A bizarre accident in 1952 will probably for ever be associated with his name: during the Carrera Panamericana, the world’s fastest road race, a vulture flew into Karl Kling’s windscreen as he was driving along at full speed. Kling reacted brilliantly to the situation. The next day, he and his co-driver, Hans Klenk, set off with thin metal bars in front of the windscreen, finally going on to victory in the chase along desert tracks and through Mexican villages. A racing triumph that was to make Kling a national hero in post-war Germany.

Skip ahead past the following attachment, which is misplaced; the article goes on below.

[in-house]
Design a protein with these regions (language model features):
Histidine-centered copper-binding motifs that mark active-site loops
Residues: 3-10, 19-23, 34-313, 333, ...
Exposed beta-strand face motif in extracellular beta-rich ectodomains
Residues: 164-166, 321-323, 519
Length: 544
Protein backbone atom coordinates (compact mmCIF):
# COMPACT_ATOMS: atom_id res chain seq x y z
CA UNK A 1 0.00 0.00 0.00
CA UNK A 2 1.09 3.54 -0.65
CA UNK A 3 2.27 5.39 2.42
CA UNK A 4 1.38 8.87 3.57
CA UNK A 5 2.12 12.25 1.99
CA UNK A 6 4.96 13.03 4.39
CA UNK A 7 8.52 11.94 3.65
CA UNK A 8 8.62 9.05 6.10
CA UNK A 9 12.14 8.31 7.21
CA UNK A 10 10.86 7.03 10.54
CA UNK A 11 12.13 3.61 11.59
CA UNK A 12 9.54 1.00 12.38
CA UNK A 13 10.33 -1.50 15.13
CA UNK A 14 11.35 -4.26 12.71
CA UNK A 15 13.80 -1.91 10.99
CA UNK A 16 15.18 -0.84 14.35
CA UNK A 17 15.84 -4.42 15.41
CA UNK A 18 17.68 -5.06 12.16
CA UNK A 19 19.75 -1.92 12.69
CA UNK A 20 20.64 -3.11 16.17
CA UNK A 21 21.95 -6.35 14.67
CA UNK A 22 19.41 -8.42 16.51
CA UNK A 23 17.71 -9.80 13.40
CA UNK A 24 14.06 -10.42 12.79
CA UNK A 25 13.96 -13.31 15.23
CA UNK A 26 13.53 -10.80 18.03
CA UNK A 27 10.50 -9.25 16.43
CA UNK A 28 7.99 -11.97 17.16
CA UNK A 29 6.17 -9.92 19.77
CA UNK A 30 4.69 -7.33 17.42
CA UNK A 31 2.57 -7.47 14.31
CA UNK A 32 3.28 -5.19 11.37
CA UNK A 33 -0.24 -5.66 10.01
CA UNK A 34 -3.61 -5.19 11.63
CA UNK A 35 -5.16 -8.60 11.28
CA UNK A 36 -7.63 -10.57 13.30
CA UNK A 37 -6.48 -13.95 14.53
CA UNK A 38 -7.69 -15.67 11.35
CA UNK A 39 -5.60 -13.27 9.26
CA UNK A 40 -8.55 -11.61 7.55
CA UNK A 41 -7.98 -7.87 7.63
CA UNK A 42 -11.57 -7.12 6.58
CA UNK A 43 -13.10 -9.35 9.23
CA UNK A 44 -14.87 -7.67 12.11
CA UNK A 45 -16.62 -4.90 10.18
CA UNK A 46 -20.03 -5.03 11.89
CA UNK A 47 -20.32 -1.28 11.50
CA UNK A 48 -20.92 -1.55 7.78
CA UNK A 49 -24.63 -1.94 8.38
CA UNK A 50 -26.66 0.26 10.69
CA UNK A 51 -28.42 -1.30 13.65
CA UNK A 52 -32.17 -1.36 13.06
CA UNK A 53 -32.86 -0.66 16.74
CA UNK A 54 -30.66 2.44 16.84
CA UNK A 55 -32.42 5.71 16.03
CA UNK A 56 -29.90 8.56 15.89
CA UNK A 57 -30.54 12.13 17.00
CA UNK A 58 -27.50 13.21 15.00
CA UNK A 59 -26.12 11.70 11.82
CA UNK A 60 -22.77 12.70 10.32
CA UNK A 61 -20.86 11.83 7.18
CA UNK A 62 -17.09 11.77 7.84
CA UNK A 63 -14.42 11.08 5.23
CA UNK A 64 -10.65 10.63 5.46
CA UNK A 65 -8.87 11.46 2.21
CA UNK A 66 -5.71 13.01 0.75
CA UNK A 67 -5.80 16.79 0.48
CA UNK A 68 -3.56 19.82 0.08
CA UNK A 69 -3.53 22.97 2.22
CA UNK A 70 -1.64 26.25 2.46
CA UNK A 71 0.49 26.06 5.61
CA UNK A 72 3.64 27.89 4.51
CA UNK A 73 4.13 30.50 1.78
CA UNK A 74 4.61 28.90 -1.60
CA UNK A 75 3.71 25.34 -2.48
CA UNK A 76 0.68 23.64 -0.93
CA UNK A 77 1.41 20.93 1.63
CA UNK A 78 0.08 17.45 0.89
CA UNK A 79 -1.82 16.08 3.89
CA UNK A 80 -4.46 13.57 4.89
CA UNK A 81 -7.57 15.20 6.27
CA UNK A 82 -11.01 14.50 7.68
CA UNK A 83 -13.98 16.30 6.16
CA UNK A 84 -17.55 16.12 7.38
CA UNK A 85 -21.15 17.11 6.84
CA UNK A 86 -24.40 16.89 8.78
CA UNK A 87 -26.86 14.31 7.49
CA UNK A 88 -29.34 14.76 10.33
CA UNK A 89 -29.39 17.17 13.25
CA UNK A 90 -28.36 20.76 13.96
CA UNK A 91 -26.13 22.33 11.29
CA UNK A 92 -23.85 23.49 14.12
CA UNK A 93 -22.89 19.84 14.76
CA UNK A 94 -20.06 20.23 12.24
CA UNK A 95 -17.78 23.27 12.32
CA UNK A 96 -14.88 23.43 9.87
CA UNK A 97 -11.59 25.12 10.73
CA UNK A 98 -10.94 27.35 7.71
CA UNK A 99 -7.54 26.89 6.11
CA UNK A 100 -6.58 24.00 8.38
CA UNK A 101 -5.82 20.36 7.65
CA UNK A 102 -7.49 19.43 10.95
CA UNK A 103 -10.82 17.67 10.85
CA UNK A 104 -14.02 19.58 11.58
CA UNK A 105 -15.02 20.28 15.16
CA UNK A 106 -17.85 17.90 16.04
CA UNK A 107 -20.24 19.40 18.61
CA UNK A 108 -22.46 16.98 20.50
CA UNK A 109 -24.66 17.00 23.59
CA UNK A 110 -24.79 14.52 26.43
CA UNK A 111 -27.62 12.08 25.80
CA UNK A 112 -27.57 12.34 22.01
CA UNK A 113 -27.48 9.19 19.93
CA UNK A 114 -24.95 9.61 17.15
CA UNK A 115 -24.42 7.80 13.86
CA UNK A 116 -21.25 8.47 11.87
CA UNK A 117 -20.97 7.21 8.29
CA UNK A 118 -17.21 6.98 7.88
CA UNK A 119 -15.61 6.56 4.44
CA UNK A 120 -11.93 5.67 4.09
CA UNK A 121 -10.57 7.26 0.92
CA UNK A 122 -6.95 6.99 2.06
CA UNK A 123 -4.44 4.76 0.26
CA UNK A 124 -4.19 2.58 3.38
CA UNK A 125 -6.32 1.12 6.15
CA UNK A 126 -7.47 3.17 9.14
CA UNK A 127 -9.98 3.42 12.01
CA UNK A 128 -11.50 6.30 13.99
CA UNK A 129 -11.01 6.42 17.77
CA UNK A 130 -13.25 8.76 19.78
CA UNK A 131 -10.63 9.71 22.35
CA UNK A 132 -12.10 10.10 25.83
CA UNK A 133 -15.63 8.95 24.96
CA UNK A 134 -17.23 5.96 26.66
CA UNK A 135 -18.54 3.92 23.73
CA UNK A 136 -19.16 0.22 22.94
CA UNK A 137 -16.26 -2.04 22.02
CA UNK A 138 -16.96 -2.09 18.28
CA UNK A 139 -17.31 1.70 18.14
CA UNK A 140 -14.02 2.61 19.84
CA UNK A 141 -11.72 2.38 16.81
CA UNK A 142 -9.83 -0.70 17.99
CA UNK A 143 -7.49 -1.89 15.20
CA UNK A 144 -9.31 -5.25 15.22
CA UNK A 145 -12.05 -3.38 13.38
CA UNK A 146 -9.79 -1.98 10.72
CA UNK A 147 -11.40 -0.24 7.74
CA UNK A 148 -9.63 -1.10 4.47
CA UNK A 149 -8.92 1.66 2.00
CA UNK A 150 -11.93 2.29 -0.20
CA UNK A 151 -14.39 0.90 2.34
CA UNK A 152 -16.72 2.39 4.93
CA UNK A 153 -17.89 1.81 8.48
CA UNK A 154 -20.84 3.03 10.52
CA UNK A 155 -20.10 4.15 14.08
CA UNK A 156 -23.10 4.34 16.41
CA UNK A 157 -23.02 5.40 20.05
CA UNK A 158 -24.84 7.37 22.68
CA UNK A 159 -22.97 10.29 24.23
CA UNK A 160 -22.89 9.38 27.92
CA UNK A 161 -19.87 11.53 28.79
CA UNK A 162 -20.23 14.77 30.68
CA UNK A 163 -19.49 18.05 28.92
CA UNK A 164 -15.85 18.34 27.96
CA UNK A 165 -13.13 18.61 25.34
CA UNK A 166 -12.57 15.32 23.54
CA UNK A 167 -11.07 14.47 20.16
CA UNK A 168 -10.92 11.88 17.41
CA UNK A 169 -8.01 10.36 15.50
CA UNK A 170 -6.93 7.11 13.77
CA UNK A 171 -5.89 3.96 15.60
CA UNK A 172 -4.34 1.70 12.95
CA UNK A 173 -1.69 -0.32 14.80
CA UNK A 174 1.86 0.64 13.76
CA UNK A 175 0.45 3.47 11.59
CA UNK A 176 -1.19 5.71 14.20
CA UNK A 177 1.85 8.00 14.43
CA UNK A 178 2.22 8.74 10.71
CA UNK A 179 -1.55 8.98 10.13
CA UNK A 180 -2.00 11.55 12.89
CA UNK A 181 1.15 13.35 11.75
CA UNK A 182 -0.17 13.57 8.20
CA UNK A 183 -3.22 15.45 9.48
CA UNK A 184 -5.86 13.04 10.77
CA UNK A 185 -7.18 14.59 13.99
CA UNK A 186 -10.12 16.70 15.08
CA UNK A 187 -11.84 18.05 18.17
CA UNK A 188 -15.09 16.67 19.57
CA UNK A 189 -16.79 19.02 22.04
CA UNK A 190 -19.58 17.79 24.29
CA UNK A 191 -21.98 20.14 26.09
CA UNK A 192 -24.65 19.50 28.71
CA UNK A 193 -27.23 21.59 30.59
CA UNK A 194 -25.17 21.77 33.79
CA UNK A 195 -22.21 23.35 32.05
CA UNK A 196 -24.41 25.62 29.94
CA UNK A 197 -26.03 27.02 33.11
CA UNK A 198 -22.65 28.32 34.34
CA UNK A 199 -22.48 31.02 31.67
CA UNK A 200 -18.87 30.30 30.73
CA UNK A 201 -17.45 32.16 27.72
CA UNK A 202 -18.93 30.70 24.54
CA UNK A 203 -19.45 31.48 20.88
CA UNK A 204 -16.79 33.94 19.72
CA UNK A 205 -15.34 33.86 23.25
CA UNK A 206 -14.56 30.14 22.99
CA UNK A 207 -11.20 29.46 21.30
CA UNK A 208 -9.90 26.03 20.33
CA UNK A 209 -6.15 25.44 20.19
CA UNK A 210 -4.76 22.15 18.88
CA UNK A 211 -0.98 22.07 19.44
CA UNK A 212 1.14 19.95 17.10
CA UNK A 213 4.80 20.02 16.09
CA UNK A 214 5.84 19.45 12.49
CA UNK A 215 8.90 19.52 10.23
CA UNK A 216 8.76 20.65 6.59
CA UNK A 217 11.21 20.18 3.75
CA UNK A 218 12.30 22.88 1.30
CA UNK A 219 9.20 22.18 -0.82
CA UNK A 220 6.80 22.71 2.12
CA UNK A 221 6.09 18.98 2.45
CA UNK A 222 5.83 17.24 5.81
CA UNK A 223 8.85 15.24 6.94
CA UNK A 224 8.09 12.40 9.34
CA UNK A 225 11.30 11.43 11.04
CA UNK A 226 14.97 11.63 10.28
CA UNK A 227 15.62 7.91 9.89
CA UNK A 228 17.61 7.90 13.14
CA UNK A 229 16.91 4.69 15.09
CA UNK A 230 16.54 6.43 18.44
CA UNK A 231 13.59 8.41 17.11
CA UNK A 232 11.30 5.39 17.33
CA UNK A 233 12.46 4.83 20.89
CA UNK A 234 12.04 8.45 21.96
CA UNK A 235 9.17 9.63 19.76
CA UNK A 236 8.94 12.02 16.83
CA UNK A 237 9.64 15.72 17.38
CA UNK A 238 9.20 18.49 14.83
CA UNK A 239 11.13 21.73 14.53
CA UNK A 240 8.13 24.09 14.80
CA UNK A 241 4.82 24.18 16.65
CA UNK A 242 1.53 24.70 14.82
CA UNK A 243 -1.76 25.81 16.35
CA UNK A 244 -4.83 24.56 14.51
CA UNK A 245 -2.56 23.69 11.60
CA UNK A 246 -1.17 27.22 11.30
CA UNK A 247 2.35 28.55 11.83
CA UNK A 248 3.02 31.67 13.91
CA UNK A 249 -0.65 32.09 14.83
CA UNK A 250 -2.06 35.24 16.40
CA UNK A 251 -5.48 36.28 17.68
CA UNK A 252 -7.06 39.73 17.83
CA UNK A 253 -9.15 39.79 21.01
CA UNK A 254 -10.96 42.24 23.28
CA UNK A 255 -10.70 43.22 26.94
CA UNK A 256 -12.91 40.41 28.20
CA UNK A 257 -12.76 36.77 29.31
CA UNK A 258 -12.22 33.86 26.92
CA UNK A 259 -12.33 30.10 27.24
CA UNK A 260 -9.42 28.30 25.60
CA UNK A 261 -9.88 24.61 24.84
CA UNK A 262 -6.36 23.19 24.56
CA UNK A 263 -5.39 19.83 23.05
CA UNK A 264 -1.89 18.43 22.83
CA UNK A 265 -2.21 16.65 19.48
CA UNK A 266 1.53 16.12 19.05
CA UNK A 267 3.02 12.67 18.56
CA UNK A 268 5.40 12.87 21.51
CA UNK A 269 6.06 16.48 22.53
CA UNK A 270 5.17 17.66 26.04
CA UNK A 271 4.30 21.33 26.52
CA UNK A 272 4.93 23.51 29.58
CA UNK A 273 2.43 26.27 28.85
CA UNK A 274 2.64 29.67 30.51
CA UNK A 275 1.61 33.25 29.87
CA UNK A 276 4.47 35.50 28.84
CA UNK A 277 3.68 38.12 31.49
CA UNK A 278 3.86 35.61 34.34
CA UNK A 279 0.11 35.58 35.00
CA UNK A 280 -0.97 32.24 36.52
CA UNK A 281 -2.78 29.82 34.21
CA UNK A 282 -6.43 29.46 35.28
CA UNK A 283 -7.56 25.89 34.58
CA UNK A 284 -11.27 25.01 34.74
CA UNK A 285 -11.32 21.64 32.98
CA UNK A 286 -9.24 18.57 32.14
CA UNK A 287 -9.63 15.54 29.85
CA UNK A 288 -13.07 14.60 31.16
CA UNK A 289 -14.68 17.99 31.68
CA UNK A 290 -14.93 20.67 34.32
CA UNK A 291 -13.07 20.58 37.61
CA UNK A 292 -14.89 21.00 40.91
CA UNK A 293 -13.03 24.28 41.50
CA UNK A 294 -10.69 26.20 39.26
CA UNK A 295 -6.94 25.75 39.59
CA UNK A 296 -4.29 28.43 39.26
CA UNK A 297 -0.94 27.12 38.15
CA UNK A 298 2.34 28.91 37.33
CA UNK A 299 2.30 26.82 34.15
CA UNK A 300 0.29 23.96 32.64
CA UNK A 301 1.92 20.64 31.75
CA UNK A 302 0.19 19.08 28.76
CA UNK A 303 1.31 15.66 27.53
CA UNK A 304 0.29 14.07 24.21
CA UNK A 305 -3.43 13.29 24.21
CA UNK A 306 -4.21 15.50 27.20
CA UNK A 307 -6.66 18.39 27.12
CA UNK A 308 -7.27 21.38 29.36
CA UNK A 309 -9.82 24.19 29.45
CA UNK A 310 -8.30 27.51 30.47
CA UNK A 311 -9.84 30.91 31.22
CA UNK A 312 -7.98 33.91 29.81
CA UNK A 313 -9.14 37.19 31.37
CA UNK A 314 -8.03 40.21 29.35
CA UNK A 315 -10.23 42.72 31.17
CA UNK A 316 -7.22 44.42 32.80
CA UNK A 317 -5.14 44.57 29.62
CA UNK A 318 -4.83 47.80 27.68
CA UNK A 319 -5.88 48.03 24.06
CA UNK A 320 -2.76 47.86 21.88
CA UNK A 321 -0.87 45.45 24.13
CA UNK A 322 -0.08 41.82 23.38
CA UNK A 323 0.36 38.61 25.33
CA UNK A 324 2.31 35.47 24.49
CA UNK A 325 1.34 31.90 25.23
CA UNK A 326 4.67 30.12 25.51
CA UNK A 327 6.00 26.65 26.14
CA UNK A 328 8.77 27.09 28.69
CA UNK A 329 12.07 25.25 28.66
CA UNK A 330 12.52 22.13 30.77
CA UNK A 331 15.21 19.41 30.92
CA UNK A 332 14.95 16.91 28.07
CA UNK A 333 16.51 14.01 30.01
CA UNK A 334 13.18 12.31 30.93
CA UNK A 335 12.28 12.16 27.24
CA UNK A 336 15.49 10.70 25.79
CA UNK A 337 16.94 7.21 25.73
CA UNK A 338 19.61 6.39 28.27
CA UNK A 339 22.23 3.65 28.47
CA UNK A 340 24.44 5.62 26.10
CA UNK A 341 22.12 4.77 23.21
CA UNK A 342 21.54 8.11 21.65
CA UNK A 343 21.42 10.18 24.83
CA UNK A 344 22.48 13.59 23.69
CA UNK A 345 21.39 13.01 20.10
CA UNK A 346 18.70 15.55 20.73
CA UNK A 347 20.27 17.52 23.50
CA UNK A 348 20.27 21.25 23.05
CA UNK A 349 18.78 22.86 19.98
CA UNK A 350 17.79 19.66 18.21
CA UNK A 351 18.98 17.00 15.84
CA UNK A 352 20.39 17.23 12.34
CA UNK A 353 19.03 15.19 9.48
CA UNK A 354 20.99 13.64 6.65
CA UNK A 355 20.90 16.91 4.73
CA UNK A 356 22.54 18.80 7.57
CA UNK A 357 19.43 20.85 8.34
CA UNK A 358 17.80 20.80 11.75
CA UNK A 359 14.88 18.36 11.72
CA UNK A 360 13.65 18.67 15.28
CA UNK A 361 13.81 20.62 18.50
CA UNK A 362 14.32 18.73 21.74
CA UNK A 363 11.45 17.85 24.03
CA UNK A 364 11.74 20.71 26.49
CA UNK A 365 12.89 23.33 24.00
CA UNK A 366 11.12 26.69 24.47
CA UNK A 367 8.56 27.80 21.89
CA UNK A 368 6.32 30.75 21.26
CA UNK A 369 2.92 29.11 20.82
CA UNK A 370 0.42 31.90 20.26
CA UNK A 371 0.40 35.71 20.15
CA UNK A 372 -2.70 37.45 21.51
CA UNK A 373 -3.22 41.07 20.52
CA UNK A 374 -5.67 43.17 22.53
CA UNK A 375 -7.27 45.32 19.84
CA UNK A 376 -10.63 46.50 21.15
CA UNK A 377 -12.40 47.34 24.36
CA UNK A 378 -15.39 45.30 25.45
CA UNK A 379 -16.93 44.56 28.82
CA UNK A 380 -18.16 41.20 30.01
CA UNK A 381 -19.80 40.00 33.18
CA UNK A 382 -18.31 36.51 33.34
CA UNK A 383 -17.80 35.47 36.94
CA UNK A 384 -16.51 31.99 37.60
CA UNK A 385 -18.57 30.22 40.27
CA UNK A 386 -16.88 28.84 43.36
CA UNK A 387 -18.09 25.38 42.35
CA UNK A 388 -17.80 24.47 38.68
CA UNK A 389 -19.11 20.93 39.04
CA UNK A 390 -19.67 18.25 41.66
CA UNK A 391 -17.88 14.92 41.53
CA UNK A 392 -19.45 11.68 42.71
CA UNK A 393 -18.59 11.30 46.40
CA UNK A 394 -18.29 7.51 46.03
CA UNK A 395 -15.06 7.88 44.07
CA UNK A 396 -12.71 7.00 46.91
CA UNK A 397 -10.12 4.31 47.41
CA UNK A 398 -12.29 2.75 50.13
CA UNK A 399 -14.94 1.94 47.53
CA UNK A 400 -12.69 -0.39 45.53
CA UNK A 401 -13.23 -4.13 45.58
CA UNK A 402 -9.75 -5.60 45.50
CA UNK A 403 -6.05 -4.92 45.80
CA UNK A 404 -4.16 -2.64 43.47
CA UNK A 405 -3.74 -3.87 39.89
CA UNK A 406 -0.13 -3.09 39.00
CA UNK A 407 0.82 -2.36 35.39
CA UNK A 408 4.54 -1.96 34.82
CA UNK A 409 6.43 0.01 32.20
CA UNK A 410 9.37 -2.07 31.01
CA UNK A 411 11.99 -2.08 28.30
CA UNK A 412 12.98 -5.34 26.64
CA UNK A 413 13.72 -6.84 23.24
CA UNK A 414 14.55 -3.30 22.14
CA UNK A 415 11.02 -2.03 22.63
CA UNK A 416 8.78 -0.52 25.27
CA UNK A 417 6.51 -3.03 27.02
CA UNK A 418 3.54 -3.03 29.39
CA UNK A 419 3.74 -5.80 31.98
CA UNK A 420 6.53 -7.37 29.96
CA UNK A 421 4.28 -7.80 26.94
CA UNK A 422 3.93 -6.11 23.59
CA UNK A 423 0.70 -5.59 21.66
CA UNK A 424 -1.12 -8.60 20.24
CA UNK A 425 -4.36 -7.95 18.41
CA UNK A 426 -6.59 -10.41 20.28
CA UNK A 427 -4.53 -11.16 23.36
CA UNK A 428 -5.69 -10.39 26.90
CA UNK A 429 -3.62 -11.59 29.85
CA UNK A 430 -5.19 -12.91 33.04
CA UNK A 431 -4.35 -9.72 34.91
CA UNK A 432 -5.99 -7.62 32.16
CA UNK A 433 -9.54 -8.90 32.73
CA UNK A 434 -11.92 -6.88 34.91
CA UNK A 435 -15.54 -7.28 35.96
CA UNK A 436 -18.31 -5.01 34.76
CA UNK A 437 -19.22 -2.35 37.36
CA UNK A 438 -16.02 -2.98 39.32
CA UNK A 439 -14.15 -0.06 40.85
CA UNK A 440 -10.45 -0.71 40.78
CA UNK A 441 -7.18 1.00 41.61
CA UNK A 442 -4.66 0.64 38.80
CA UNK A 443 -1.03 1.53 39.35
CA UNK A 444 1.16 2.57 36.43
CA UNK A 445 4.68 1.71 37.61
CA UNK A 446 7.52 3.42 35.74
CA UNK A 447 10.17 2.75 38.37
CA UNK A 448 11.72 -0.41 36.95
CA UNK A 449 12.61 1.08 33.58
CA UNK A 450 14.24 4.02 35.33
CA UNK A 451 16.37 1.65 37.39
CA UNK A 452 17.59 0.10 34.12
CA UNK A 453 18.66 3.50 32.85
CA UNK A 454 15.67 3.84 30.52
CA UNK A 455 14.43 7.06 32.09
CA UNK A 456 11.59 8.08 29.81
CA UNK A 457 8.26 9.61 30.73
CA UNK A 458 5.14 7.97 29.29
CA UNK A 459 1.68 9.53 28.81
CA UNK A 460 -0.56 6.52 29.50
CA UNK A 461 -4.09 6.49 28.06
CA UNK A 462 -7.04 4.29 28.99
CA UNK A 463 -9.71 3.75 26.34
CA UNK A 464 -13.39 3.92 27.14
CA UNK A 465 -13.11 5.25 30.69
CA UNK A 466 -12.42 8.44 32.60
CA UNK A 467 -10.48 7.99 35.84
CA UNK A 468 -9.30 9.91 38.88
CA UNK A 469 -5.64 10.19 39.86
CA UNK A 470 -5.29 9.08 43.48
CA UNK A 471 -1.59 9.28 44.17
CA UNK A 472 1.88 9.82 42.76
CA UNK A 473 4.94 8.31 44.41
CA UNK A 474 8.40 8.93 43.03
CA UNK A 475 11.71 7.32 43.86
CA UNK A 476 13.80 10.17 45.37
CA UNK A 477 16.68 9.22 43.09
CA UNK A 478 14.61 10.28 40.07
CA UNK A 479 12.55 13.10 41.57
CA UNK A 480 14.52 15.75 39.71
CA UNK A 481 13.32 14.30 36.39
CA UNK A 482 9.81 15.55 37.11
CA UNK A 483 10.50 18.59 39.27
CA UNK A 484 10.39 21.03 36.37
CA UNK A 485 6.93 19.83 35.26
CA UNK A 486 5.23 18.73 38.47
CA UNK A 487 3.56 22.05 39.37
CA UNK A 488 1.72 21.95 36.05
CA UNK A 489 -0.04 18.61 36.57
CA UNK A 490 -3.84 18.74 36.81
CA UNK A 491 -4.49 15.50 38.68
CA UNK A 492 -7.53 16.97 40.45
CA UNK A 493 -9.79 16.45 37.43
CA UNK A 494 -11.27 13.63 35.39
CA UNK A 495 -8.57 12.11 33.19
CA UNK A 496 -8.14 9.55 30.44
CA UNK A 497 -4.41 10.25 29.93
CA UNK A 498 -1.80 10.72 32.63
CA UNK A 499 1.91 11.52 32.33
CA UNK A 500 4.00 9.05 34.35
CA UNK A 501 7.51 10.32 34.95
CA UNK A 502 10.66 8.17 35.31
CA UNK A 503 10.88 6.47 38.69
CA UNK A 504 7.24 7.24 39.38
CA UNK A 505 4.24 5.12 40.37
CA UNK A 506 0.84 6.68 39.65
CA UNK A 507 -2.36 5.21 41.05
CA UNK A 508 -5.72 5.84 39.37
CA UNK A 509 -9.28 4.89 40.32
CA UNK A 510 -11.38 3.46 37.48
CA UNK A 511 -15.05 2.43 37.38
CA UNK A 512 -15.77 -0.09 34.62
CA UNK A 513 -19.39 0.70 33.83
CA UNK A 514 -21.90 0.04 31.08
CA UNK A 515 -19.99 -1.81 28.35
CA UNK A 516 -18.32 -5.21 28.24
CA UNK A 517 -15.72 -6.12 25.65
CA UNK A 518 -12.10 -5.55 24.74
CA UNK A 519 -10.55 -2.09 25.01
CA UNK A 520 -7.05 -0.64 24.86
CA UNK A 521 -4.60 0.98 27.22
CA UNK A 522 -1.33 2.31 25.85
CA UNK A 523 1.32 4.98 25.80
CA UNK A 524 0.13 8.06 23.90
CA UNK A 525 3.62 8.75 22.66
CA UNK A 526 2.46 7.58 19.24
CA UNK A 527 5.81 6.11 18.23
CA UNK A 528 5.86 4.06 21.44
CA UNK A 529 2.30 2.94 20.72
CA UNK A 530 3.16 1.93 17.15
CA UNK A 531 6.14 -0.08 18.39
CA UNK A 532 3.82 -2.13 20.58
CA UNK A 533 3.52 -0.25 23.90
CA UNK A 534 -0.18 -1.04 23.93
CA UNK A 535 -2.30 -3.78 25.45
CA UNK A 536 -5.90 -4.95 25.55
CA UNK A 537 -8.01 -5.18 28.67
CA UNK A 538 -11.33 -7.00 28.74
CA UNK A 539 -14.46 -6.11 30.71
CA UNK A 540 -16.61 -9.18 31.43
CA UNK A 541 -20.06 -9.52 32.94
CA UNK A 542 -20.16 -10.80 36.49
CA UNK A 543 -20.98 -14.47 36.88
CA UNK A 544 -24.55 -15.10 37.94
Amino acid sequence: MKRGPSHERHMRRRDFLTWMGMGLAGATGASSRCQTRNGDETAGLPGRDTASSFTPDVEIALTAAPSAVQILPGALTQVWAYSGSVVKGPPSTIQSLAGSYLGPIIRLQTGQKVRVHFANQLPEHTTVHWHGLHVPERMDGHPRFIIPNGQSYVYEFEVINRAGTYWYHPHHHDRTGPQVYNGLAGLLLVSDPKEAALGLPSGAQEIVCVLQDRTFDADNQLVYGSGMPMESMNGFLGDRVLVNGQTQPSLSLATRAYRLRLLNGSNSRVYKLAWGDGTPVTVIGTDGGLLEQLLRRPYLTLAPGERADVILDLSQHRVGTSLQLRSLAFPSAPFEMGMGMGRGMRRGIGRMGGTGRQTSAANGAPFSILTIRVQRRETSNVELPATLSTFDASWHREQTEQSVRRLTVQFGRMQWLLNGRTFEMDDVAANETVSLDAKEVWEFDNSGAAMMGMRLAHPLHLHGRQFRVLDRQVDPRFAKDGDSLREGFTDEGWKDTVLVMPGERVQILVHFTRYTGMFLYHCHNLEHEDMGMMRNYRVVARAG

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Speaking from the Federal Chancellery at the Palais Schaumburg in Bonn, the German Chancellor, Konrad Adenauer, stated: “This victory opens the door for our exports.” Already 42 years of age, Kling had waited a long time for his triumph. In 1954/55, the man from Giessen contested a further 11 successful races for Mercedes-Benz before, in 1956, he succeeded the legendary Alfred Neubauer as coordinator of racing and rallying activities.